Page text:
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Google's Android Market Enables Web Sales

With a preview of the forthcoming tablet-tuned version of Android and a redesigned Android Market, Google has addressed some longstanding gaps in its mobile arsenal.

Thomas Claburn

February 2, 2011

4 Min Read

Google is finally getting its Android act together. Having long played Avis -- we're number two, we try harder -- to Apple's Hertz in the mobile arena, Google last week released a developer preview of the Android 3.0 SDK (Honeycomb) for tablet computers and on Wednesday announced significant changes for its Android Market.

At a media event at the company's Mountain View, Calif., headquarters, Google engineering VP Andy Rubin, Hugo Barra, director of product management for mobile, and engineering director Chris Yerga presented an overview of Honeycomb and revealed a revamped version of the Android Market that addresses several developer complaints.

First and foremost, the Android Market now functions on the Web. Previously, the only way to acquire apps from the Android Market was to use the built-in client software on an Android device. And this isn't simply a second, separate sales channel; it's integrated such that buying an app from the Android Market through the Web sends the purchased app to one's Android device.

"There's no wires, no syncing with computers, none of that sort of non-sense," said Yerga, presumably alluding to the cumbersome iPhone sync-by-wire process.

The company also introduced an Android Market feature called Buyer's Currency, which provides developers and app publishers with more control over pricing. It allows app prices to be set differently in different markets and to be displayed in local currency. This capability will be rolled out over the next four months.

Finally, Android is getting In-App Buying, known to iOS developers as In-App Purchasing (IAP). This allows developers to sell real or virtual goods and services from within their apps. Selling items through apps generally leads to better app distribution because apps can be given away for free and still generate sales later.

Google's broad vision of an open ecosystem of devices backed by the company's cloud services has always been appealing. The future Rubin described was one of seamless integration between phones, tablets, and platforms like Google TV.

"It's the cloud that makes the experience seamless," he said.

But the reality has fallen short of the dream, at least in terms of commerce. Android apps haven't been selling as well as iOS apps, thanks in part to Apple's more tightly integrated iTunes App Store experience. And developers, while they remain interested in creating Android versions of their apps, have looked at Android as where one goes after the iOS version has been released.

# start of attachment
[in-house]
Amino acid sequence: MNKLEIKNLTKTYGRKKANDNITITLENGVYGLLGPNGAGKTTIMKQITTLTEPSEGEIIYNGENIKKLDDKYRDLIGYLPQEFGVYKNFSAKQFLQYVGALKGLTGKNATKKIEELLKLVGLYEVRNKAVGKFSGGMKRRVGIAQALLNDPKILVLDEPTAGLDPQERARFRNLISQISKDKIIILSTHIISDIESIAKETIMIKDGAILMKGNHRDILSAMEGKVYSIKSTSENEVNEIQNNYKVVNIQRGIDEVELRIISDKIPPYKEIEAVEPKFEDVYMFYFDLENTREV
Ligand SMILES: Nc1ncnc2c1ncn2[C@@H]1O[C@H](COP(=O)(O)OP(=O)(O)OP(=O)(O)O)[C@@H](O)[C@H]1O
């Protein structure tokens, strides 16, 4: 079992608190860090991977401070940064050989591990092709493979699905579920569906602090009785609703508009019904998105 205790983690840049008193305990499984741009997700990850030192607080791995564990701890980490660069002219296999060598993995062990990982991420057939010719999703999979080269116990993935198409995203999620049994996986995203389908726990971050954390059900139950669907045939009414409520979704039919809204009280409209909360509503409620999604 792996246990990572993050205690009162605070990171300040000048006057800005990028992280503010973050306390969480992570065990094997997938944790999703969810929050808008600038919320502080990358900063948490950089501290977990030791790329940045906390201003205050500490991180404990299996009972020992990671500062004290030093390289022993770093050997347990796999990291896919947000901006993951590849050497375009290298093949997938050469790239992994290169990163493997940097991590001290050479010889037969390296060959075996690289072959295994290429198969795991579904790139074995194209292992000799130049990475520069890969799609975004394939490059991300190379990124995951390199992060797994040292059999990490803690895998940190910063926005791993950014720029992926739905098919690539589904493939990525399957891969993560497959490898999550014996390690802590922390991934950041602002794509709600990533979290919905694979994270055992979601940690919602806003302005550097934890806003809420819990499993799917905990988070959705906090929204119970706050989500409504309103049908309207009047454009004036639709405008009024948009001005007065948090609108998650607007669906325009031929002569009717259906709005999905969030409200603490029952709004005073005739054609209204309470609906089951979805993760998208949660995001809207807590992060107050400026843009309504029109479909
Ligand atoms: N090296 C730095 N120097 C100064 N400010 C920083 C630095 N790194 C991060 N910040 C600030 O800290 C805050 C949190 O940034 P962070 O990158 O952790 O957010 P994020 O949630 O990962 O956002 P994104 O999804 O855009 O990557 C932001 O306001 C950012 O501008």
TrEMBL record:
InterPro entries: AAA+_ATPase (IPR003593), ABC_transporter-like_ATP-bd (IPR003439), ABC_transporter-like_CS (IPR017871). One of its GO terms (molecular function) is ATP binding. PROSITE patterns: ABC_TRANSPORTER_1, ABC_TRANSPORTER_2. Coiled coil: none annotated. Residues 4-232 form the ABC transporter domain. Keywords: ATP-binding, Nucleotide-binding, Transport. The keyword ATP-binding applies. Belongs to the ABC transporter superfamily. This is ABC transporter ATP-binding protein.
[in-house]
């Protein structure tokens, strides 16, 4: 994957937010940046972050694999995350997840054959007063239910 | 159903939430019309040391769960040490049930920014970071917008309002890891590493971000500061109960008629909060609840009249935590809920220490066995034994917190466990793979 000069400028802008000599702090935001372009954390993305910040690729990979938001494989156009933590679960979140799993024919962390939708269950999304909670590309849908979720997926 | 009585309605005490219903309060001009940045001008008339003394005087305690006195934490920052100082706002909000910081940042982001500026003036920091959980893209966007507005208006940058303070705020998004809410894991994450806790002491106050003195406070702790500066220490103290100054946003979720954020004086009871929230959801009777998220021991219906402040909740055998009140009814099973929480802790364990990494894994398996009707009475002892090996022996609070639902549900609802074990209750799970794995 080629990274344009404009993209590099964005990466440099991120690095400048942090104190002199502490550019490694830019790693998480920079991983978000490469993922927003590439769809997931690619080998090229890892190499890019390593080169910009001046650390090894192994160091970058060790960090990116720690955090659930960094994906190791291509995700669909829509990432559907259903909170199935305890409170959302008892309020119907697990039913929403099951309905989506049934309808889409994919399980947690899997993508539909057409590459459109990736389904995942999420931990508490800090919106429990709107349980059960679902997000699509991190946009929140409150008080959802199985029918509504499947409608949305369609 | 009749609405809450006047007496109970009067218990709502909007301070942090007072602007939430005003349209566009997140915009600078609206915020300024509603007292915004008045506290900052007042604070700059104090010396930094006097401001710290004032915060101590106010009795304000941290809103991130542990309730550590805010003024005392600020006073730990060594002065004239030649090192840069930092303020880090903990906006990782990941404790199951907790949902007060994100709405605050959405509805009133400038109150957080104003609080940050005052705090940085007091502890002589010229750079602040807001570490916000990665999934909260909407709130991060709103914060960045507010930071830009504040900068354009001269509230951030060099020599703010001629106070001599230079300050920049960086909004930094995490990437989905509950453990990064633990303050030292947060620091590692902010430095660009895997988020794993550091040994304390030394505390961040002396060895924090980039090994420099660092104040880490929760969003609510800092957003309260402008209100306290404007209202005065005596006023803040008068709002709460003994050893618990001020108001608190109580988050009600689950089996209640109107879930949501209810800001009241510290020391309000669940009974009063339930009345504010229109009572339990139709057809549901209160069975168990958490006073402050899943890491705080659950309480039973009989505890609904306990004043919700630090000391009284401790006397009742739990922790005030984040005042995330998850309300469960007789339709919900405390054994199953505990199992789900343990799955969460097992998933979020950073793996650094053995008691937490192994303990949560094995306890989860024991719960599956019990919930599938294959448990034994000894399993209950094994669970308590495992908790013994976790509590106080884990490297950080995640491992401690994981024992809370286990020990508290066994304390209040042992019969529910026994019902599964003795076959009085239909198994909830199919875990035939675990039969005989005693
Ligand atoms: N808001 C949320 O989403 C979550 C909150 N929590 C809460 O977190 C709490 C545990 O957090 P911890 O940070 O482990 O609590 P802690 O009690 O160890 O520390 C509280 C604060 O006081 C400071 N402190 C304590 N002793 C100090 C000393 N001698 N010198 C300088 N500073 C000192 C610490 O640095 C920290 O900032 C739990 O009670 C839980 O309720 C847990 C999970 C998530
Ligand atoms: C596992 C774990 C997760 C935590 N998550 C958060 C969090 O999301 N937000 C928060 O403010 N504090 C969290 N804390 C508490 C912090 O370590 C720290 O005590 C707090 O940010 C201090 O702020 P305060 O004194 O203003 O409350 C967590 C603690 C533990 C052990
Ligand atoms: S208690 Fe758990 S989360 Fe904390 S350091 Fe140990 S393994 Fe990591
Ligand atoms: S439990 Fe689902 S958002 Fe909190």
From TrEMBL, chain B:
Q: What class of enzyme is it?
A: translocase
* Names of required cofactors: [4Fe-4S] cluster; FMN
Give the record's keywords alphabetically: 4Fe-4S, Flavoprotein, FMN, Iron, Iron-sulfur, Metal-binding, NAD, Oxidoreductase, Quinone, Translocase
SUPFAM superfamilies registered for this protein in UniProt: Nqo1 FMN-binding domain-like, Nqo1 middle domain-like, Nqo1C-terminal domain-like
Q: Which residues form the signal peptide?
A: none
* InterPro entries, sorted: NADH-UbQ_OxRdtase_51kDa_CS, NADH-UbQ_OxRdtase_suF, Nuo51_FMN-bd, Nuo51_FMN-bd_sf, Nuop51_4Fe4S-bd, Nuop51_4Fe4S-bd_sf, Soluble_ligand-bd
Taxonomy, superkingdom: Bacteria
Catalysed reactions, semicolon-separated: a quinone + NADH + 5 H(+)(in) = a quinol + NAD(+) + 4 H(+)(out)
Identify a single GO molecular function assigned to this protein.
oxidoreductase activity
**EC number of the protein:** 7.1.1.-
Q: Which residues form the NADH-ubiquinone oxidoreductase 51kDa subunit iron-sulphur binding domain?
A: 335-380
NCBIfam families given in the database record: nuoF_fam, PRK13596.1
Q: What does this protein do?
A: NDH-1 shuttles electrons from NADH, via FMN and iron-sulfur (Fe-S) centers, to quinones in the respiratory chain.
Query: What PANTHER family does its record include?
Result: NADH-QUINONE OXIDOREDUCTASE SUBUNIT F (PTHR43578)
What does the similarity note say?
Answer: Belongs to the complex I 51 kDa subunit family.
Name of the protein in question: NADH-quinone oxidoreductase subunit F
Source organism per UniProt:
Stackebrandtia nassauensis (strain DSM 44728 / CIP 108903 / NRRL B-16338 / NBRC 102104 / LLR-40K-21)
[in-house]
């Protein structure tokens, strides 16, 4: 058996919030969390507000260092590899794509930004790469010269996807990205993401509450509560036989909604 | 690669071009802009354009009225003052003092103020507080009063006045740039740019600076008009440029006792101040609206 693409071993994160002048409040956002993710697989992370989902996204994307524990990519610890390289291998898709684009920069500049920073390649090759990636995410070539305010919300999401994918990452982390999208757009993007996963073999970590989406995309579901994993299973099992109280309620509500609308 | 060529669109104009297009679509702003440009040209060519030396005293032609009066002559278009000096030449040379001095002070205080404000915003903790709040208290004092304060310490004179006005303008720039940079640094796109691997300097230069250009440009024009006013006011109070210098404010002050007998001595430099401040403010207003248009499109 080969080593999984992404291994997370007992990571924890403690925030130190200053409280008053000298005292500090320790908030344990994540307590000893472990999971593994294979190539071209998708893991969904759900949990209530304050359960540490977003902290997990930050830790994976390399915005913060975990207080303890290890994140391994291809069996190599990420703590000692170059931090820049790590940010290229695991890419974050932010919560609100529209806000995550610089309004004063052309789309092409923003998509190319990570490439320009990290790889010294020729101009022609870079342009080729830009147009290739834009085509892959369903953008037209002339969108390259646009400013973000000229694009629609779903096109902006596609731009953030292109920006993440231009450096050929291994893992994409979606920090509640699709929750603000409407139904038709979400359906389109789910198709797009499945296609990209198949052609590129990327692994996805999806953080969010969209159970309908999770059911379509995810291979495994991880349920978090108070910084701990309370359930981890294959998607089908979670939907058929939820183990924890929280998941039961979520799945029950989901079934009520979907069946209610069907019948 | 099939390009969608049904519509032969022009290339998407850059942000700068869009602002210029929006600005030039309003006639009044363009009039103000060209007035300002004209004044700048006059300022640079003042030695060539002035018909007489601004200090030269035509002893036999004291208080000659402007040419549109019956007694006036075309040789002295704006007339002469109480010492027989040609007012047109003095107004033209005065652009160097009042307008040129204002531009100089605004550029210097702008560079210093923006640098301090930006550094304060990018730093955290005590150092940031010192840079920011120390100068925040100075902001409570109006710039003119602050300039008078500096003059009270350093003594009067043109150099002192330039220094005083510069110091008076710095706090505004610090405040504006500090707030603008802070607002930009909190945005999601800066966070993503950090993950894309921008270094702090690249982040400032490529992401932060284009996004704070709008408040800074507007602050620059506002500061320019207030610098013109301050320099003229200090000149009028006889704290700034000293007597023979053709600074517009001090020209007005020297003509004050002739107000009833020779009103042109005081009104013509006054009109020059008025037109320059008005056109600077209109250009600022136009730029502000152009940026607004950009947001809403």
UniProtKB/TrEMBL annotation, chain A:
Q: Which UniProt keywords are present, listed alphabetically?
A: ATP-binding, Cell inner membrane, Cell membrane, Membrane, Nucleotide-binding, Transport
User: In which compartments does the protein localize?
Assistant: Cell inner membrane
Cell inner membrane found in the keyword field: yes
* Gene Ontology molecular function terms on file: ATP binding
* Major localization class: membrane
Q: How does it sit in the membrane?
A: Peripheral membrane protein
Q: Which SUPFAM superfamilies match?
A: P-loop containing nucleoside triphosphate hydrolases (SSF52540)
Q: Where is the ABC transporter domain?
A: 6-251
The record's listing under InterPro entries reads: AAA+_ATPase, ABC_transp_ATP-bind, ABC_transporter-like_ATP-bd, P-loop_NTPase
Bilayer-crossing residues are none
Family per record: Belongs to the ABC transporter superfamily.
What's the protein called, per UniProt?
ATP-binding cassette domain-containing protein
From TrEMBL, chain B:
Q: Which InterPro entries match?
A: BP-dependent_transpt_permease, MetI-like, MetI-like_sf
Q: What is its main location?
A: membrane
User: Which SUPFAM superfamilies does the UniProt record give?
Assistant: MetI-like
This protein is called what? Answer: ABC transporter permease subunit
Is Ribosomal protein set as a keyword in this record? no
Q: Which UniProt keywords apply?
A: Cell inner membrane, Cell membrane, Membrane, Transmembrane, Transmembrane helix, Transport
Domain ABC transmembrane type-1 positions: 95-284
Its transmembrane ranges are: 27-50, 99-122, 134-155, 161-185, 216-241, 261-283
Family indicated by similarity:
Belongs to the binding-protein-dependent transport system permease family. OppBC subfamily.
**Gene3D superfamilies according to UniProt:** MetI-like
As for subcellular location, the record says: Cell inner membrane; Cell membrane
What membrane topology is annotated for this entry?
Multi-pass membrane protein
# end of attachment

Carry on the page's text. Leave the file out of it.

It hasn't helped that Apple has had the touch tablet market more or less to itself for almost a year.

Carlos Icaza, co-founder of Ansca Mobile, which makes a developer framework called Corona SDK for creating iOS and Android apps from the same code base, says that based on data from the company's build system -- used to compile apps -- the ratio of iOS apps to Android apps is 8 to 1.

Developers, in other words, are still more focused on iOS than Android. Though this may to some extent reflect the maturity of the iOS APIs in the framework, it nonetheless shows that among developers with an expressed interest in both platforms, there's a clear preference.

The tipping point, however, is at hand. iOS, Android, and BlackBerry are pretty much tied these days. It's anyone's game to win. But Google's convincing tablet offering reveals real momentum.

Tablets running Honeycomb are competitive with Apple's iPad, and Honeycomb includes some features, like application fragments -- which accelerate development by encapsulating common functions into reusable modules -- that aren't available for iOS development.

"I think Android is moving in the right direction," said Icaza. "They are clearly showing they can move really fast. If Google gets it right, I think that Android is the 'other' platform after iOS, one that every other mobile OS will have to catch."

Perhaps more significantly, Google's strength in the cloud has greater potential for broad service integration than Apple's desktop choke-hold.

Apple is building up its data center capacity, but it has yet to show that its device-centric model will be as flexible as Google's device-independent model. MobileMe, to be sure, is no Google Apps.

Expect the battle to become even more heated as Google, Apple, and the rest roll out near-field communication systems for mobile payments.

About the Author(s)

Thomas Claburn

Editor at Large, Enterprise Mobility

Thomas Claburn has been writing about business and technology since 1996, for publications such as New Architect, PC Computing, InformationWeek, Salon, Wired, and Ziff Davis Smart Business. Before that, he worked in film and television, having earned a not particularly useful master's degree in film production. He wrote the original treatment for 3DO's Killing Time, a short story that appeared in On Spec, and the screenplay for an independent film called The Hanged Man, which he would later direct. He's the author of a science fiction novel, Reflecting Fires, and a sadly neglected blog, Lot 49. His iPhone game, Blocfall, is available through the iTunes App Store. His wife is a talented jazz singer; he does not sing, which is for the best.

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